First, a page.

May Day: Exploring the Tradition of May Baskets

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Spring is late this year in New England and it is cold and rainy today. But May Day is May Day, and we want to at least think about celebrating!

When we were growing up in the Midwest, we filled paper cups with popcorn and candy and put them on the front steps of our friends’ houses. Then we rang the doorbell and ran away, sometimes watching from afar to see who answered the door. The tradition was supposed to be that if you caught the person who left the basket they had to give you a kiss, but everyone we knew took the candy and ran back inside the house! It was a sweet ritual of spring that has origins in Roman times, when it was the Festival of Flora, the goddess of flowers. Over the centuries many cultures have co-opted May Day for other celebrations, and while all of them include a maypole, some of them are decidedly less than sweet.

Germany has Walpurgisnacht, a remembrance of Saint Walburga, who helped Saint Boniface bring Christianity to Germany in the 8th Century. Walpurgisnacht also became synonymous with the anti-withcraft rites immortalized in Goethe’s Faust. Still, the May basket has some roots in German tradition as it was also the time that ladies would secretly place roses or rice in the shape of a heart at the doorstep of their beloved.

Medieval England celebrated greening of spring and featured dancing around the maypole and morris dancing, in which dancers (often dressed as Robin Hood, Maid Marian and friends) and a piper travel from town to town with a troop of six more dancers in two rows of three. Banned by the puritans at one pint, May Day returned to England in the 1600s with and the profusion of flowers, dancing, and weaving ribbons attached to the Maypole.

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Ireland’s pagan version was Beltane, which translates loosely as “fire” and is used as an excuse to celebrate and/or exorcise pretty much everything. The fire ritual involves extinguishing all fires the night before and then relighting the Beltane fire on May 1. There was also a ritual in which cakes were broken into several pieces, one of which was blackened. Celebrants chose pieces of cake blindly and whoever got the blackened piece was subjected to a mock execution. Also on the schedule: burning witches in effigy, crop blessing, fertility rites, snake dancing and “bathing faces in morning dew to retain their youthful beauty.”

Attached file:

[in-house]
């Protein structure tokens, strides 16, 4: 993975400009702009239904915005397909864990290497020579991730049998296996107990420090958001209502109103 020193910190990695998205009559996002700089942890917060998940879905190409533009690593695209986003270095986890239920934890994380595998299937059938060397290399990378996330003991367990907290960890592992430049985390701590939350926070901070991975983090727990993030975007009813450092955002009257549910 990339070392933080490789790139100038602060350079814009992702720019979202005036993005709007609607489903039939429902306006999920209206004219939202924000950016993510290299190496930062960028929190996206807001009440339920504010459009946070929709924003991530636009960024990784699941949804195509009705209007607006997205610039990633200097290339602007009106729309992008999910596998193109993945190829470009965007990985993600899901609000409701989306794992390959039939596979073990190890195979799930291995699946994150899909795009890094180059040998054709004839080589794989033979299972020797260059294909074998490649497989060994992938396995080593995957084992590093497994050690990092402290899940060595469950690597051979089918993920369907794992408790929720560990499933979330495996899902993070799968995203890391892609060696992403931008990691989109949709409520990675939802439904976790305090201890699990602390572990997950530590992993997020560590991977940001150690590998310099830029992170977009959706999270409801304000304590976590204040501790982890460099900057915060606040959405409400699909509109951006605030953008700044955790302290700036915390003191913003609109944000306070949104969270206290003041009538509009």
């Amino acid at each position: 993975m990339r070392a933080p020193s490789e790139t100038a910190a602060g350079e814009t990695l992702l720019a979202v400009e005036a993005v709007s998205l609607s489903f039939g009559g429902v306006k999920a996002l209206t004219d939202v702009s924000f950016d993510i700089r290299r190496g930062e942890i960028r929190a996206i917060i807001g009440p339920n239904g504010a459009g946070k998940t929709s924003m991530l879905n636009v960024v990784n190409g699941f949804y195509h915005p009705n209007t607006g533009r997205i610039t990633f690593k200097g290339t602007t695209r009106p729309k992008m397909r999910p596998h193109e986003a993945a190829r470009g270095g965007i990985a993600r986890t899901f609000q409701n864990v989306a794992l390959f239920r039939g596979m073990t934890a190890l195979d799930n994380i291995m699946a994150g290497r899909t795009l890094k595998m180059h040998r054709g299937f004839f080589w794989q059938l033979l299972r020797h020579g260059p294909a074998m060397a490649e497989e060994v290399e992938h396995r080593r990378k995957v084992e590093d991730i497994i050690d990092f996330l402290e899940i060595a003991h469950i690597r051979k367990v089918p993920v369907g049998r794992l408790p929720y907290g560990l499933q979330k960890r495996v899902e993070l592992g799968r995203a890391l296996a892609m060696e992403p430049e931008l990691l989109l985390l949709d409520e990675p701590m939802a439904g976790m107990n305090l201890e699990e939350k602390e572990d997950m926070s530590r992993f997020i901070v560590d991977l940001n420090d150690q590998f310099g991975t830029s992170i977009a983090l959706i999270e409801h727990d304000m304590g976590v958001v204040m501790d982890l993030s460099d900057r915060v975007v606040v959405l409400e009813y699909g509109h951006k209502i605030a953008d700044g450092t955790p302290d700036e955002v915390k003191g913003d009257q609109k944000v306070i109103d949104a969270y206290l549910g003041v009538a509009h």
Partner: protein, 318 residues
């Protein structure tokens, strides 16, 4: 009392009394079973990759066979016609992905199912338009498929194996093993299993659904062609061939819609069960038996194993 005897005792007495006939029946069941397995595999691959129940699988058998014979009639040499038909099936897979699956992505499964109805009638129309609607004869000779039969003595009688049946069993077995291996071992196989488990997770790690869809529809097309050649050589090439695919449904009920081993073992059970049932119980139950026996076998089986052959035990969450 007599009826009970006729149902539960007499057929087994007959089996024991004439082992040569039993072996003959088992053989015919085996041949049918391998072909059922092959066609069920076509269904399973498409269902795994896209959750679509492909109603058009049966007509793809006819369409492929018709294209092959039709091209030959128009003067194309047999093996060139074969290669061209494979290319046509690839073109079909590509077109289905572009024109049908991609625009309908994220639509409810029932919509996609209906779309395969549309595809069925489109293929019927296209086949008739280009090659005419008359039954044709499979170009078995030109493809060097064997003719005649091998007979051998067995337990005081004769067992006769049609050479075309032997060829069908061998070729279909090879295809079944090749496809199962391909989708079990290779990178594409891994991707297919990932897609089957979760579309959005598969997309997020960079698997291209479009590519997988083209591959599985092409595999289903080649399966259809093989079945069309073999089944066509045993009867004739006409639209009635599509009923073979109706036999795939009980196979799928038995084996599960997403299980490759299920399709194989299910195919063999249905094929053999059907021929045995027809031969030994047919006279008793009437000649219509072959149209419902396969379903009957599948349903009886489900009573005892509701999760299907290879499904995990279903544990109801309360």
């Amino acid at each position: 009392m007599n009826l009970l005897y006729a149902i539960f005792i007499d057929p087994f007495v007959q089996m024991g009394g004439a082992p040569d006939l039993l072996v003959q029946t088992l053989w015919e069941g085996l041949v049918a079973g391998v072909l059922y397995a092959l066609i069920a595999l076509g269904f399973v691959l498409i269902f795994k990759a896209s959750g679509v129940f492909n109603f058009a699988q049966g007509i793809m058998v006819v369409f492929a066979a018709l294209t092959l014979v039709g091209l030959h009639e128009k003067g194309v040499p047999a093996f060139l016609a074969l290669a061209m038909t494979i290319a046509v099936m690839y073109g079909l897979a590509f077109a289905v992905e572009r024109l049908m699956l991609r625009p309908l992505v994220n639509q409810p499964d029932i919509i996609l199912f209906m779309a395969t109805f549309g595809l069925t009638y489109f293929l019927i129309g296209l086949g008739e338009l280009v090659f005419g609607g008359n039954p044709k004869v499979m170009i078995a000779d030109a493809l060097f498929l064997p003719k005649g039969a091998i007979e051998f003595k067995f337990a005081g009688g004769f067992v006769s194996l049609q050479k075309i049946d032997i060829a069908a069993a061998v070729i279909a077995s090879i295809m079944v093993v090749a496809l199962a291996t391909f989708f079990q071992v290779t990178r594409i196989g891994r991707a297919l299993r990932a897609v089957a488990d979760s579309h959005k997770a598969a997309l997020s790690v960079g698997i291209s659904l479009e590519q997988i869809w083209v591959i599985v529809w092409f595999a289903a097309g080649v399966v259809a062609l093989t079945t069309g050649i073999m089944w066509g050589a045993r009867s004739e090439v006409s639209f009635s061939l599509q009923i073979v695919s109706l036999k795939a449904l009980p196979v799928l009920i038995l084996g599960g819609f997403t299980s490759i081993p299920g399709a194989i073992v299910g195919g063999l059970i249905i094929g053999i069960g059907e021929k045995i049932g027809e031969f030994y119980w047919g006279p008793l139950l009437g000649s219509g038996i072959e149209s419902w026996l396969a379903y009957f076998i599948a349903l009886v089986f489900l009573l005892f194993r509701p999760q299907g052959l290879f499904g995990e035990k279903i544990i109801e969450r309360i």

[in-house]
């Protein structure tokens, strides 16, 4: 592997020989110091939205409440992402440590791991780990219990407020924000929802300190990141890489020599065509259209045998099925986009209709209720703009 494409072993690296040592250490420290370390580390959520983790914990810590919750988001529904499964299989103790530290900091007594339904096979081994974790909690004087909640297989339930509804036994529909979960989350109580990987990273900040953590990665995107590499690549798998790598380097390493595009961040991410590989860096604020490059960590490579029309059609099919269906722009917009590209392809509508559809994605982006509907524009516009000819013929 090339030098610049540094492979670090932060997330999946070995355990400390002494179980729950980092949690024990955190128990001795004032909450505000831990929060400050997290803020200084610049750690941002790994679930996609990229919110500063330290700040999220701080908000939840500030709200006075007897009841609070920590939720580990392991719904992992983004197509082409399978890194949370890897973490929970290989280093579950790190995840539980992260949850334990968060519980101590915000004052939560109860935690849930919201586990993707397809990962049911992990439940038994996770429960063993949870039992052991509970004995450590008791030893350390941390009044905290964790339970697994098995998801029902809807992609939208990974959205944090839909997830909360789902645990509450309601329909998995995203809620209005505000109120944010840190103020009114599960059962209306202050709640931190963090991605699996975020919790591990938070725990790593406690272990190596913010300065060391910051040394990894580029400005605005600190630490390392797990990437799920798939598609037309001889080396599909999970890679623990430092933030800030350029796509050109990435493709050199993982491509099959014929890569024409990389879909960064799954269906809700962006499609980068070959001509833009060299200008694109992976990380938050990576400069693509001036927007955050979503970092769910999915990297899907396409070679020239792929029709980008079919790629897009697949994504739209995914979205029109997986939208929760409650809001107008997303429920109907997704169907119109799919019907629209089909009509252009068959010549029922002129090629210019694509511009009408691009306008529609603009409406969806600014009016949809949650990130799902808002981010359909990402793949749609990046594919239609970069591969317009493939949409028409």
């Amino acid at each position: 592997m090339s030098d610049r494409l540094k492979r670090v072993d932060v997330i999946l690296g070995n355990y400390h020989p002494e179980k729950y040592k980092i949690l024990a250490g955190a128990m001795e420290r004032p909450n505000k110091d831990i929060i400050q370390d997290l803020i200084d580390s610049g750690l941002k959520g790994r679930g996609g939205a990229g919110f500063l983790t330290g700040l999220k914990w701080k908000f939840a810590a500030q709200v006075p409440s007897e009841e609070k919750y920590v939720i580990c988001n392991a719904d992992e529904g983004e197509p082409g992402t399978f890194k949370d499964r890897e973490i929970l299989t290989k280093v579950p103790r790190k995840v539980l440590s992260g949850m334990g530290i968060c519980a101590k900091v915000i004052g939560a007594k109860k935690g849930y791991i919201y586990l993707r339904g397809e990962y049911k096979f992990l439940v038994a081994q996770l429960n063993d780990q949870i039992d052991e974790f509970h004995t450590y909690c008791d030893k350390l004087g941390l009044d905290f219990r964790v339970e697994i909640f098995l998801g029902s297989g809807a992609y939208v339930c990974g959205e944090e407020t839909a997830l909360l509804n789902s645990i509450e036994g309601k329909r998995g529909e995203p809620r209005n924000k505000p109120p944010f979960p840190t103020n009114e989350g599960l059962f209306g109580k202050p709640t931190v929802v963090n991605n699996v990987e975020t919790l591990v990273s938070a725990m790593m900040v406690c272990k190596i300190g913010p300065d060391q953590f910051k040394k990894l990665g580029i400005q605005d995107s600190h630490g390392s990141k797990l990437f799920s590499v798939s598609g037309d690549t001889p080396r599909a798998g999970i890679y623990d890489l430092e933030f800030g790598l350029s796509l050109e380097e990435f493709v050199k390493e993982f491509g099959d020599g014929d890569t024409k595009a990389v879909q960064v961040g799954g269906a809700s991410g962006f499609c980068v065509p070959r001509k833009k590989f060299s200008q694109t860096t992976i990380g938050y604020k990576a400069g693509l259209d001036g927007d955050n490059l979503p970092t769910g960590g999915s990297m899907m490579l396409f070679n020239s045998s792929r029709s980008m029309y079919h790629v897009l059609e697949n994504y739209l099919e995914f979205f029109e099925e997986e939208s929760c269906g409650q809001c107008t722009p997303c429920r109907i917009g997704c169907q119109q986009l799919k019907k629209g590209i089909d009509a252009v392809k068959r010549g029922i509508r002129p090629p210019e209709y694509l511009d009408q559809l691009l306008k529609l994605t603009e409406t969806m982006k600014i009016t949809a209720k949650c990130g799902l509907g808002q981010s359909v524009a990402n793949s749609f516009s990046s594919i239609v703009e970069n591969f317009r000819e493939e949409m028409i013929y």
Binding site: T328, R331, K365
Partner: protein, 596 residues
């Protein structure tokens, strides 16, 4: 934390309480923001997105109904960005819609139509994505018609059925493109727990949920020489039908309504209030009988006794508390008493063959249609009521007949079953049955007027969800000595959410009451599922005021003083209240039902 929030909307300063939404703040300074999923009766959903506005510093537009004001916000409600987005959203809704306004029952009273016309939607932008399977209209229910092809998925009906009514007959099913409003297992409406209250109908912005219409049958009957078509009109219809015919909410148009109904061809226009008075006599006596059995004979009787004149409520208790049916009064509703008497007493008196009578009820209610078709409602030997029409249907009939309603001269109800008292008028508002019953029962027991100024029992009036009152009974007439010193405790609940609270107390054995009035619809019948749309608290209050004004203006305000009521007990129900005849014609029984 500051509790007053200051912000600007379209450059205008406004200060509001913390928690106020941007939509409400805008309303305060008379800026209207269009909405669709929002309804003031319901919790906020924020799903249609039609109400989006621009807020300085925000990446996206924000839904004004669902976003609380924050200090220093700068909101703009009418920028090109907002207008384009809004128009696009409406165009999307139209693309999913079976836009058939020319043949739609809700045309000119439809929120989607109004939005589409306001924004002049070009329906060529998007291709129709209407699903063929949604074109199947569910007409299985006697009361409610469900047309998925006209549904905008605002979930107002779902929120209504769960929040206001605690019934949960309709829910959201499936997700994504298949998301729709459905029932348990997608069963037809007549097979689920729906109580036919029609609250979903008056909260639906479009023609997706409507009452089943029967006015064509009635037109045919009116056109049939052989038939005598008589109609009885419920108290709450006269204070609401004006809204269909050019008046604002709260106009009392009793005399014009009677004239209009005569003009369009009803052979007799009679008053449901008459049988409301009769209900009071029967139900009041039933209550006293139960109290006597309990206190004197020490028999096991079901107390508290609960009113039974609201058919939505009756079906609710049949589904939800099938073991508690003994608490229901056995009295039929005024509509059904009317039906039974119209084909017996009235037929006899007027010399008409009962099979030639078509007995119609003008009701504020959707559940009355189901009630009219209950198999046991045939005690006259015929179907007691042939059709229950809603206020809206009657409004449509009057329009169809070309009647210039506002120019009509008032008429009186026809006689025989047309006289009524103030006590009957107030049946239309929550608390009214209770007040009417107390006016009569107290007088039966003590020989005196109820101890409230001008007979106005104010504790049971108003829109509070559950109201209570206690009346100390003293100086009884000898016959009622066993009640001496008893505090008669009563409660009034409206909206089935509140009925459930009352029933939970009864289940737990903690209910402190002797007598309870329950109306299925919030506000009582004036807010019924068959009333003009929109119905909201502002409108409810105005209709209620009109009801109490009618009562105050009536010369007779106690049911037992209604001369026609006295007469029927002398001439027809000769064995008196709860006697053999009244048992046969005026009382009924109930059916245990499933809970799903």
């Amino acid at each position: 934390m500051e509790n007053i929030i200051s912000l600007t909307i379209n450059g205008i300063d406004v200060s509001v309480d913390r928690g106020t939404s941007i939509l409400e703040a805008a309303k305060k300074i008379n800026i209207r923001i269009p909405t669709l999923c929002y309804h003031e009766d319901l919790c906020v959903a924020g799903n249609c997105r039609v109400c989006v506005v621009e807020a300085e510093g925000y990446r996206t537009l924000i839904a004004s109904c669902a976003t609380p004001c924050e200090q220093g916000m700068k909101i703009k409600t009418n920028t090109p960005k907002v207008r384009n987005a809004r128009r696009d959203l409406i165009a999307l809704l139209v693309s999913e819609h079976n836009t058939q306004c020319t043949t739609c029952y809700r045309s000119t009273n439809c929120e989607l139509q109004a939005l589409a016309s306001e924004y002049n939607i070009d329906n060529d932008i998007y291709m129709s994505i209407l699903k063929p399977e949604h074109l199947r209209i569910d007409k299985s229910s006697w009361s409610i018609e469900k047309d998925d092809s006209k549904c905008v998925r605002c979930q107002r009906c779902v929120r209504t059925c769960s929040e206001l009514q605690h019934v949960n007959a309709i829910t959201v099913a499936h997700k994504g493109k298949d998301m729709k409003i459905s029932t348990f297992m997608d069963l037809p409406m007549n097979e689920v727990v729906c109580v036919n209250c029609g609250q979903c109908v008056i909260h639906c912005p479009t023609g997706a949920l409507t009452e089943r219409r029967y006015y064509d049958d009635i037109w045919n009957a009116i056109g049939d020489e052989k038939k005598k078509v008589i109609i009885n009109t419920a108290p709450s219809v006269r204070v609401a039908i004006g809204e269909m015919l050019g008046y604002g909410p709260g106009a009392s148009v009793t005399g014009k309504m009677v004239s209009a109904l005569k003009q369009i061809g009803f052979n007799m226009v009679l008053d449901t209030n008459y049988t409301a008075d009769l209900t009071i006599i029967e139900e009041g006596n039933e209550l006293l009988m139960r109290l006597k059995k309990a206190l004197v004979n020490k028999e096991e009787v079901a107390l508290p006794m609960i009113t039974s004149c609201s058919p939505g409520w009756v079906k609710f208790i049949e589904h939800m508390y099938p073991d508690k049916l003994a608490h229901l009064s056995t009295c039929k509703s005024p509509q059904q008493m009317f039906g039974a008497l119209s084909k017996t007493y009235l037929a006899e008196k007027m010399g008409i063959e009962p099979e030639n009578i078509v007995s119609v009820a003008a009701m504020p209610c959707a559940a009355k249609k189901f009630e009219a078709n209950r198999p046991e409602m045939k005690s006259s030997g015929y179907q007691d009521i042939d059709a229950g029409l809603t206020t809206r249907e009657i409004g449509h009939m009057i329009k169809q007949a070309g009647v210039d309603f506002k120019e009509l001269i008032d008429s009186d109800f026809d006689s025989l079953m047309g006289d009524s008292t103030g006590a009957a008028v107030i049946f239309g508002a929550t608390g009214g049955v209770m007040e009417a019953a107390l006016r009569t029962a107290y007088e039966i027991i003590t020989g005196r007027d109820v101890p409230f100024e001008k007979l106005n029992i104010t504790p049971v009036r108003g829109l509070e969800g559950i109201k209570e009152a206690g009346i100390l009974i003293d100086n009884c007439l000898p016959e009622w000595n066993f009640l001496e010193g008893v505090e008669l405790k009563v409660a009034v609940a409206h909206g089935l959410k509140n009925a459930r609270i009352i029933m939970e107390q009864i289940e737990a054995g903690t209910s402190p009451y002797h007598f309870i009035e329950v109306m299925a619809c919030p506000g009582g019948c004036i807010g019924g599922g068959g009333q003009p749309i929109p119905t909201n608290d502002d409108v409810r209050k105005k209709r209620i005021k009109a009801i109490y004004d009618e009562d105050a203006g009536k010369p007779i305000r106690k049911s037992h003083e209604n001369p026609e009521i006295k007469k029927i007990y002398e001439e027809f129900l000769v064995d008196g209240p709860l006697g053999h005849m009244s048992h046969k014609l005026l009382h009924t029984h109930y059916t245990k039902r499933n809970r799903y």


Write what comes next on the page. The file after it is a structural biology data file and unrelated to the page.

In modern times more than 80 nations recognize May 1 as Labor Day, declaring it International Workers Day to mark the 1886 fight for the 8-hour work day.

Even though modern lifestyles don’t really support the practice of leaving things on people’s doorstep anymore, we like the idea of reviving the tradition of remembering special people with flowers and sweets on a spring day. We all know someone who might be in need of a May day boost – a grandparent, neighbor, friend, or teacher whom we can present with a small surprise that lets them know we are thinking of them. So we sorted through our craft and gardening things and came up with a few version of a 21st century May Basket. We went to the nursery and got the smallest flats of flowers we could find, some peat pots, and some soil, and went to work. Here’s what we came up with:

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  • Peat pots dampened with water and filled with pansies and put in plastic lined paper cups, tins or ramekins. The flowers can be popped out and put directly in the ground, still in the peat pots.
  • Cellophane bags with seed packets in them – choose seeds that can be planted directly in the soil after danger of frost has passed.
  • That old standby, chocolate (keep the chocolate out of the May day sun though – now we understand why everyone used to give popcorn!)
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The April showers have spilled over into May Day in 2014.

A version of this post appeared in May, 2013

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May 1, 2014 | Posted by in Family activity, Food, May day | Comments Off